Love As Jesus Loved Us

05-15-2022Weekly ReflectionFr. Anthony Okolo, CSSp

The first reading from the Acts of the Apostles narrates how Paul and Barnabas proclaimed the good news and made a considerable number of disciples. They made a considerable number of converts not without hardship, but with encouraging each other in the midst of challenges. We were told they returned to Lystr, to Iconium and to Antioch to strengthen the spirit of the disciples.

There was a great need to encourage one another in the service of God. When we encourage one another, it brings healing and restores hope and this is what gives fruit to the work of evangelization. In the same way, when we encourage each other’s spirit, we make more progress and achieve more in our relationships and families. The last point here for us to take is commending our project to God with prayer and fasting.


Jesus the Good Shepherd Knows Each of Us

05-08-2022Weekly ReflectionFr. Anthony Okolo, CSSp

Today, the fourth Sunday of Easter the church celebrates Good Shepherd Sunday. Today is also observed as vocation Sunday when special prayers are offered for the increase of vocations to priesthood and religious life. We pray especially for all priests in the Lord’s vineyard since priests are visible representation to us of Christ in His role as the Good Shepherd. Jesus tells us that He is the Good Shepherd who knows His sheep and cares for them. Jesus uses the image of a shepherd because during His time in Israel a good shepherd is known as one who is ready to lay down his life for his sheep. Therefore, in using this metaphor Jesus brings it clearly home that He is that shepherd who gives His life for us His sheep.


Do Something Different

05-01-2022Weekly ReflectionFr. Anthony Okolo, CSSp

We are still in the glorious mood of the Resurrection of Our Lord Jesus Christ from the dead which is the foundation of our faith as Christians. His Resurrection is a credible assurance that He is alive and with us here.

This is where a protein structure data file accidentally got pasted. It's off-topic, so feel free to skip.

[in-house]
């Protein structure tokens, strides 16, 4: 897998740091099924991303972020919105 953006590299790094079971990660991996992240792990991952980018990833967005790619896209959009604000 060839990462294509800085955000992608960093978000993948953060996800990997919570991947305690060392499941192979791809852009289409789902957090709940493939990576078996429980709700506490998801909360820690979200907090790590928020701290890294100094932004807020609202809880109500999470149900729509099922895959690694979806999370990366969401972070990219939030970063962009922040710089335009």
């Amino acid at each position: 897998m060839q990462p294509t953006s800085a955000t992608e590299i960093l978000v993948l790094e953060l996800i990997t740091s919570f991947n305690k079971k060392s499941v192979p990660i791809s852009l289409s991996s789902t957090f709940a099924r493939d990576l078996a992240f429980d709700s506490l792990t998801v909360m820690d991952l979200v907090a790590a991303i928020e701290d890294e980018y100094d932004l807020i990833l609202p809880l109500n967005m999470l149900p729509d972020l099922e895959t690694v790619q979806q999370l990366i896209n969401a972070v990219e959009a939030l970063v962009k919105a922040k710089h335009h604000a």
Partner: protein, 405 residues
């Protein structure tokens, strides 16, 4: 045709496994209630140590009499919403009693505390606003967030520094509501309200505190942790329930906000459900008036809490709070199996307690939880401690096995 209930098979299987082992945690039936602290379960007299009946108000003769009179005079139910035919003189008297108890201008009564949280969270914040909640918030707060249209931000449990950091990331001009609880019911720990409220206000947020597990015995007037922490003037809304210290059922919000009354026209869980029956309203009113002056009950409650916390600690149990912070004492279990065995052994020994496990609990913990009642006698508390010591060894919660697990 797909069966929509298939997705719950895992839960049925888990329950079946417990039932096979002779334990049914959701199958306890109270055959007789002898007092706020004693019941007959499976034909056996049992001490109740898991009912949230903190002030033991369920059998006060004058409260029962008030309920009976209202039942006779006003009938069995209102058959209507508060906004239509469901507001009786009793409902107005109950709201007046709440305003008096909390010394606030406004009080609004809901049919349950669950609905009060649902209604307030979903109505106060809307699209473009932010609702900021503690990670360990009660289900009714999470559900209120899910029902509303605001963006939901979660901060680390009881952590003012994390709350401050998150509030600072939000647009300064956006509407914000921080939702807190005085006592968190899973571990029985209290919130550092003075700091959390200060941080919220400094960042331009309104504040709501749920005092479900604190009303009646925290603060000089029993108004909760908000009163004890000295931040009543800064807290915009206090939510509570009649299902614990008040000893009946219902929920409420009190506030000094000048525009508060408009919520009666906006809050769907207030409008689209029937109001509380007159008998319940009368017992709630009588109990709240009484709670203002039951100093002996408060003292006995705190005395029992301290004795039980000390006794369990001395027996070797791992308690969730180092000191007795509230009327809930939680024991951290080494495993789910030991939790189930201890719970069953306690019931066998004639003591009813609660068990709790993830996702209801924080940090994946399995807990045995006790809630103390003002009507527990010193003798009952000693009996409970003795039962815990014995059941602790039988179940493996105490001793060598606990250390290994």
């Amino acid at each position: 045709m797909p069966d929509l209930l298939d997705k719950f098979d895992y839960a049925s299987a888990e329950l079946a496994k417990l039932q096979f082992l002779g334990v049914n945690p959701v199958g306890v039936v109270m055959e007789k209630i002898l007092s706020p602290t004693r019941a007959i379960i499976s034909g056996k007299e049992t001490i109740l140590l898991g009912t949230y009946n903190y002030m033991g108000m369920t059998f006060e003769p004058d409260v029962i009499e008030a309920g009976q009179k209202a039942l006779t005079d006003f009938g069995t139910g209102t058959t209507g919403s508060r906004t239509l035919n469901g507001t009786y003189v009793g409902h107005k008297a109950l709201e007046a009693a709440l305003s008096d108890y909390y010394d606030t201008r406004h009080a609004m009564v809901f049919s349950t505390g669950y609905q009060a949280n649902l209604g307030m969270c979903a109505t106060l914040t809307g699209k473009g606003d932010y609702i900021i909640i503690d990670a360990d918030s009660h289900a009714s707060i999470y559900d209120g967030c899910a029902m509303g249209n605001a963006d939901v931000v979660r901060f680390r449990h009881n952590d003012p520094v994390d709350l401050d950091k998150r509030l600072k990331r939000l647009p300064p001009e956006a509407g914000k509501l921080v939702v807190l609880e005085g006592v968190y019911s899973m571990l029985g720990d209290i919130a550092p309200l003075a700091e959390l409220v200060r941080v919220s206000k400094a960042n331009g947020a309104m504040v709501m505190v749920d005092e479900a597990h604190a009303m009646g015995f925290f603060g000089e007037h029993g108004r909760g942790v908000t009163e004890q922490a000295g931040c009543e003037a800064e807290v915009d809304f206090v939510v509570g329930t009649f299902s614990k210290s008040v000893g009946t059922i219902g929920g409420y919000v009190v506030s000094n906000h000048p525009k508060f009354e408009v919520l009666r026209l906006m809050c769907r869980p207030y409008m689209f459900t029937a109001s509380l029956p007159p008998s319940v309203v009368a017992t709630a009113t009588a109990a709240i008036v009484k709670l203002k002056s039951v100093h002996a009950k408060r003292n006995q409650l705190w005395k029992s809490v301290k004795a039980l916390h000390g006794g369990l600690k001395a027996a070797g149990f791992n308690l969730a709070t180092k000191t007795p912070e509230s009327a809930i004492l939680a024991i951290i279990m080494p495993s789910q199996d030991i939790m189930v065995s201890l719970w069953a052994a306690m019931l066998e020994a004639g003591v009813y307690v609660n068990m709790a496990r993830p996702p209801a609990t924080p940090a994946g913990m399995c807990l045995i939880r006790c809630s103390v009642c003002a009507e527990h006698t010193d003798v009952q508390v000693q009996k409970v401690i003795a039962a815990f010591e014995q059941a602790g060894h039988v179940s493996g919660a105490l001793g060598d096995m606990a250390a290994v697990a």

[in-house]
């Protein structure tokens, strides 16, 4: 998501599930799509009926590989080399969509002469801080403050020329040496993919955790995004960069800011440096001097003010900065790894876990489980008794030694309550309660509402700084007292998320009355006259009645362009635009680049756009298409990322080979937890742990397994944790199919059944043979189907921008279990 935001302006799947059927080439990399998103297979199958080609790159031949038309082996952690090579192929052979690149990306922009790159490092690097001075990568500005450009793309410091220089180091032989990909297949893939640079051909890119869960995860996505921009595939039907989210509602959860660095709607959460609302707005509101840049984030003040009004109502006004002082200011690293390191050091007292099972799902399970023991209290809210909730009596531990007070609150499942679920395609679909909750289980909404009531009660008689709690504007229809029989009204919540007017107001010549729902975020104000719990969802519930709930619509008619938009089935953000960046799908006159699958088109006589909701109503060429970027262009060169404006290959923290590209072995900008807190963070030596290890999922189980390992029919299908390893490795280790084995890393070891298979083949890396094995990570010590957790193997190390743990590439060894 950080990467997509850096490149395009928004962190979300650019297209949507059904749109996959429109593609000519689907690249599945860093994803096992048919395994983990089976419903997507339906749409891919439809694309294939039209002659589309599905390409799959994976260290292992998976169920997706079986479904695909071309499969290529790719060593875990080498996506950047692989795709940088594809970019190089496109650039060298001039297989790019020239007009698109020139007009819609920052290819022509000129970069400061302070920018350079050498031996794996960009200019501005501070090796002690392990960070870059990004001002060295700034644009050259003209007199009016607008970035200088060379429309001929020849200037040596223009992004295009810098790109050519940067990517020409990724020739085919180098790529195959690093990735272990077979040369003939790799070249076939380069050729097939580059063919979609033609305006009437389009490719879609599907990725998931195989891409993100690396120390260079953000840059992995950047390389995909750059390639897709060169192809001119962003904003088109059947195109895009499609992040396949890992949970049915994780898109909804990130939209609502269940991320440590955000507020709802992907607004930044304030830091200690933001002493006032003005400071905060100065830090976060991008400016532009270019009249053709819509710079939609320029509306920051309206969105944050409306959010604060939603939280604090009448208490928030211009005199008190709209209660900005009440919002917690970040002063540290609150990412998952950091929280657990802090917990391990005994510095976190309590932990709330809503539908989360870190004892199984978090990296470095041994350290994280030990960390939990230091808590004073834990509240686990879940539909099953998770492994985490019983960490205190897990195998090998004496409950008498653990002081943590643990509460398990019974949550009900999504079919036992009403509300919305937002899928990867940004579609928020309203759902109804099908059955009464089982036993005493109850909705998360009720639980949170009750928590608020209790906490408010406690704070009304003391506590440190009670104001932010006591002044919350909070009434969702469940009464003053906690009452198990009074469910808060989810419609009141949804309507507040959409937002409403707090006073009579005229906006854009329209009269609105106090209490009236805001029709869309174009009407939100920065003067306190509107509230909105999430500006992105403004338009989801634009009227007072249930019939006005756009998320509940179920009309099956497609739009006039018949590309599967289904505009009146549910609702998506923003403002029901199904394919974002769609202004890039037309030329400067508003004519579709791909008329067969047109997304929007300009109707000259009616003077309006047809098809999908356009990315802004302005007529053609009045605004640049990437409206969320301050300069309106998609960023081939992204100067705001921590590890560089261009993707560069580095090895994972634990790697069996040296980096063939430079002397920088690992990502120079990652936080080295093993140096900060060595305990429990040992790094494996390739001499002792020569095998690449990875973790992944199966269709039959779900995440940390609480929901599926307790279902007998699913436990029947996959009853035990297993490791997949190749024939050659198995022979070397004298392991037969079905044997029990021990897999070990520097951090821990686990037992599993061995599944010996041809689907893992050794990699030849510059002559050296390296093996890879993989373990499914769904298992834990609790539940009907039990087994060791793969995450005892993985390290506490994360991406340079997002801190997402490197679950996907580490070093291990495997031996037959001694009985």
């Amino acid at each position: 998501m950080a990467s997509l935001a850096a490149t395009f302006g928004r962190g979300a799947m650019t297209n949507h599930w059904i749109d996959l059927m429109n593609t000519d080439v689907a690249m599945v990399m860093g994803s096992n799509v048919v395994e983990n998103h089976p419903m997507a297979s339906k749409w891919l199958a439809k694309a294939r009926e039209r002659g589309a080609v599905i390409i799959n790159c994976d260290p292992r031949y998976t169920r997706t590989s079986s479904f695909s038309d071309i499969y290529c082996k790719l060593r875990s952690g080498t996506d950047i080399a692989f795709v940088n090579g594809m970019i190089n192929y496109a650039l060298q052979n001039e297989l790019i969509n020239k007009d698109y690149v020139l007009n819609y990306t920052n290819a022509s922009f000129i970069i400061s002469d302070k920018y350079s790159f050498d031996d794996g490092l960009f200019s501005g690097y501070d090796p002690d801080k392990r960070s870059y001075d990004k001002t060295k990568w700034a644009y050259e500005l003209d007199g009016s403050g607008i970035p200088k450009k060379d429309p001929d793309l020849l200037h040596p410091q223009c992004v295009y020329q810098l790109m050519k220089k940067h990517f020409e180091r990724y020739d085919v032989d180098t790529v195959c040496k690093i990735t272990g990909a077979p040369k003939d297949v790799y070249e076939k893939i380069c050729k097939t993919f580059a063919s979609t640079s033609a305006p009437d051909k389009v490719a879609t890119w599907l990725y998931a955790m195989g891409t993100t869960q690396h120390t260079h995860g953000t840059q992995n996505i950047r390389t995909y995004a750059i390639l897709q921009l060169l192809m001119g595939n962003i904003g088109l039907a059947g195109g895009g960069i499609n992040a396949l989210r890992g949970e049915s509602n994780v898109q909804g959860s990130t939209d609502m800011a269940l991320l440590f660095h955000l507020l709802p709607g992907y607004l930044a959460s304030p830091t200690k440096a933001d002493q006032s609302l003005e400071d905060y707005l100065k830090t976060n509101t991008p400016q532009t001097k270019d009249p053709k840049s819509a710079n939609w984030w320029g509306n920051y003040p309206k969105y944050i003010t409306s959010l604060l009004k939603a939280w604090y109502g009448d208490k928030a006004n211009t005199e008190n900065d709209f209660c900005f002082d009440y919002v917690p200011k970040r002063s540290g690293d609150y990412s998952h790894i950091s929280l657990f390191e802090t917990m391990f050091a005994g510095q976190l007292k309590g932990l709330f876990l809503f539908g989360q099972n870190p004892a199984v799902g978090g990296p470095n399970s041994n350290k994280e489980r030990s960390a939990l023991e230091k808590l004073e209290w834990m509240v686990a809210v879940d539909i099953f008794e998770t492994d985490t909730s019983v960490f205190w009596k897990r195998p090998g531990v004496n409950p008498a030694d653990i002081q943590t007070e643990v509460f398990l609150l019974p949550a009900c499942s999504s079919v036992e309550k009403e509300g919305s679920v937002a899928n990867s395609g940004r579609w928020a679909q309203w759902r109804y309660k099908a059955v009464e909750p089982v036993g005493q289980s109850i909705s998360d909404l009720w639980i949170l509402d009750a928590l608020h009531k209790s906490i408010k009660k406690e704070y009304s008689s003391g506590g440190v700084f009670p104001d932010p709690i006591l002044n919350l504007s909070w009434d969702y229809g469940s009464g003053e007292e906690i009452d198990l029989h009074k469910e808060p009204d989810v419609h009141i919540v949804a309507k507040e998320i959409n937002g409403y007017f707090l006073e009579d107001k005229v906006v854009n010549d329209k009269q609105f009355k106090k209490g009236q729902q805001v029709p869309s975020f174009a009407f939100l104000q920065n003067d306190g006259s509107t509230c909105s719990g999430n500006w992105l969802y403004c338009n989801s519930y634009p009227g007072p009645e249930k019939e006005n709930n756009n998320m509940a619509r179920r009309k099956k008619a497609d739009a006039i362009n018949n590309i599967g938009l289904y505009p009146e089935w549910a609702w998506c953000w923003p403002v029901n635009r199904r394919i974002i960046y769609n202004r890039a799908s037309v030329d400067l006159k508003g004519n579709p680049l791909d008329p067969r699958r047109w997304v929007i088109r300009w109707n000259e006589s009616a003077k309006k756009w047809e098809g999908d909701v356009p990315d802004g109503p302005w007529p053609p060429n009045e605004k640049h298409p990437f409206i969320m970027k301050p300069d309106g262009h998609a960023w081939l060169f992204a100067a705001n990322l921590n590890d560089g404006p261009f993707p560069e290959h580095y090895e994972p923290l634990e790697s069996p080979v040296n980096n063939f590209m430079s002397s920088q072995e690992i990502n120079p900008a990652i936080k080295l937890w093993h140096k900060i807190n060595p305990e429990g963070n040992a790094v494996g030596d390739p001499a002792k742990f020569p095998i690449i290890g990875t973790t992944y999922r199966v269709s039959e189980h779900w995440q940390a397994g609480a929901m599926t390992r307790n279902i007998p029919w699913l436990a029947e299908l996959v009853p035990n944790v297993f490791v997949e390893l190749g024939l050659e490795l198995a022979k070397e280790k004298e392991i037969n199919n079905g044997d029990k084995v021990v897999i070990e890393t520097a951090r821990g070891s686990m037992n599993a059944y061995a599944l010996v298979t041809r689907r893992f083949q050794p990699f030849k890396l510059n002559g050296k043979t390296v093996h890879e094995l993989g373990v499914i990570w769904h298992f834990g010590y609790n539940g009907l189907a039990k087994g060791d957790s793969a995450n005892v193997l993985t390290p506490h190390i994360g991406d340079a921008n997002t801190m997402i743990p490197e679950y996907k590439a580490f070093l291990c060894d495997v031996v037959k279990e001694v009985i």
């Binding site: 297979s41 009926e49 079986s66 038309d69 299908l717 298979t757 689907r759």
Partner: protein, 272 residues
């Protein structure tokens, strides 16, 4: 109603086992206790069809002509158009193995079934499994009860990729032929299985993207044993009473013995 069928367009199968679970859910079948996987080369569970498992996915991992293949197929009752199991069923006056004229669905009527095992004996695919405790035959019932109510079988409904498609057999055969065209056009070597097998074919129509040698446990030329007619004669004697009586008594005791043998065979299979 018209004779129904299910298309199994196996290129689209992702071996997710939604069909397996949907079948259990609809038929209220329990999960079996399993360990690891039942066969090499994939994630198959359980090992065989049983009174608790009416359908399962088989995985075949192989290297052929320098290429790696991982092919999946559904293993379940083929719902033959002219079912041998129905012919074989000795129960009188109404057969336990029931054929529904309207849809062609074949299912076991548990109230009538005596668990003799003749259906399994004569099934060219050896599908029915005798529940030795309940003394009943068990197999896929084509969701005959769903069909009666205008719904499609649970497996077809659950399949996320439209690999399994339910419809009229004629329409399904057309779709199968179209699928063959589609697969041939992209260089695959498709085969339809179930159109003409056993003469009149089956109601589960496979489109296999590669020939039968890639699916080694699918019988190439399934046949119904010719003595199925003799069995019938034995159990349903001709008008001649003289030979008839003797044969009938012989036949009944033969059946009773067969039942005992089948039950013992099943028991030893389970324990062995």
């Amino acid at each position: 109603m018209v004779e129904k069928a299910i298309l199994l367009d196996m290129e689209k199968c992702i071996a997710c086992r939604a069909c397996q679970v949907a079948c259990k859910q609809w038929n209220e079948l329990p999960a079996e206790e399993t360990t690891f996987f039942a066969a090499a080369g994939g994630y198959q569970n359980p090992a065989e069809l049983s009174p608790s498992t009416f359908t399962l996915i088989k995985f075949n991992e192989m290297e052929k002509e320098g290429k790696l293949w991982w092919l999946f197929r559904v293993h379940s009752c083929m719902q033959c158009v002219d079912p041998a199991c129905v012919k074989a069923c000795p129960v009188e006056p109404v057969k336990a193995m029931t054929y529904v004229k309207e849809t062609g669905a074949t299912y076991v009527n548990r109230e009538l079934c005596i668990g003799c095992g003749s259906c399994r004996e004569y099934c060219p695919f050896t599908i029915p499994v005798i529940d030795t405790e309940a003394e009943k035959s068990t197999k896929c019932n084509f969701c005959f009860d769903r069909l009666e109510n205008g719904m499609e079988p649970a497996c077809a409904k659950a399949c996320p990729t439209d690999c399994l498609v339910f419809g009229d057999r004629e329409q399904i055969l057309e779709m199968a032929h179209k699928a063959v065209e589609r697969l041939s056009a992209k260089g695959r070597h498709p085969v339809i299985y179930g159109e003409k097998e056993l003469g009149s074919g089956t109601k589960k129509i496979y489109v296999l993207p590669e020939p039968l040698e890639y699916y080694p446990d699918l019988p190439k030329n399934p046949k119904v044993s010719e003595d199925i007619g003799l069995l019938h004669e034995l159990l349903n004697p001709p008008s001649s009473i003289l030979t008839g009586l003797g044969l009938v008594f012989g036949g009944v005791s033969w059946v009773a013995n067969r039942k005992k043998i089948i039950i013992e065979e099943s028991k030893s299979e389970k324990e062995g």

Peace is Jesus' Gift To Us

04-24-2022Weekly ReflectionFr. Anthony Okolo, CSSp

Today is the Second Sunday of Easter, where we celebrate Divine Mercy Sunday instituted By Saint John Paul II. On the occasion of the institution of the Divine Mercy Sunday, he said, “There is nothing that man needs more than Divine mercy. Apart from the mercy of God there is no other source of hope for mankind”. Today our world needs God’s mercy more than anything at this time.


The Lord's Resurrection is Our Hope

04-17-2022Weekly ReflectionFr. Anthony Okolo, C.S.Sp

Today we celebrate the greatest solemnity of our Faith. The foundation on which our hope and faith as Christians stands. We celebrate and rejoice that Our Lord Jesus Christ has risen from the dead. By rising from the dead He has defeated the power of death, Satan, evil forces, falsehood, and injustice and taken the Glory. God made Him to rise from the dead to prove that He has power over life and death. As Paul would say, “if Christ has not been raised, then our preaching is in vain and our faith is in vain”. 1Cor 15:14-15. But because Christ has been raised, we have hope and our faith is credible and that is what we celebrate. That is the reason we shout Alleluia! Alleluia! Indeed the Lord has truly risen.


Jesus Humbles Himself

04-10-2022Weekly ReflectionFr. Anthony Okolo, C.S.Sp

The passion narrative gives us an insight of what Jesus suffered for us, especially the love He has for us that made Him endure all the insults and humiliation for our sake. Today’s liturgy does not require a long homily, but simply for us to allow the events of the passion story to speak directly to us in the silence of our heart. Our meditation is on Jesus’ suffering and death for our sake. He came and gave Himself completely to us by His preaching, miracles and healing and finally of giving Himself in humility on the cross.


God of Mercy and Compassion

04-03-2022Weekly ReflectionFr. Tony Okolo

As we approach the end of the Lenten season, we are reminded of our last chance to cooperate with God’s special graces of this season. To show that our last chance with God is not without hope, the gospel presents an event that took place towards the end of Jesus’ life, when He was accustomed to teach in the temple by day and leave the city to spend the night on Mount Olive.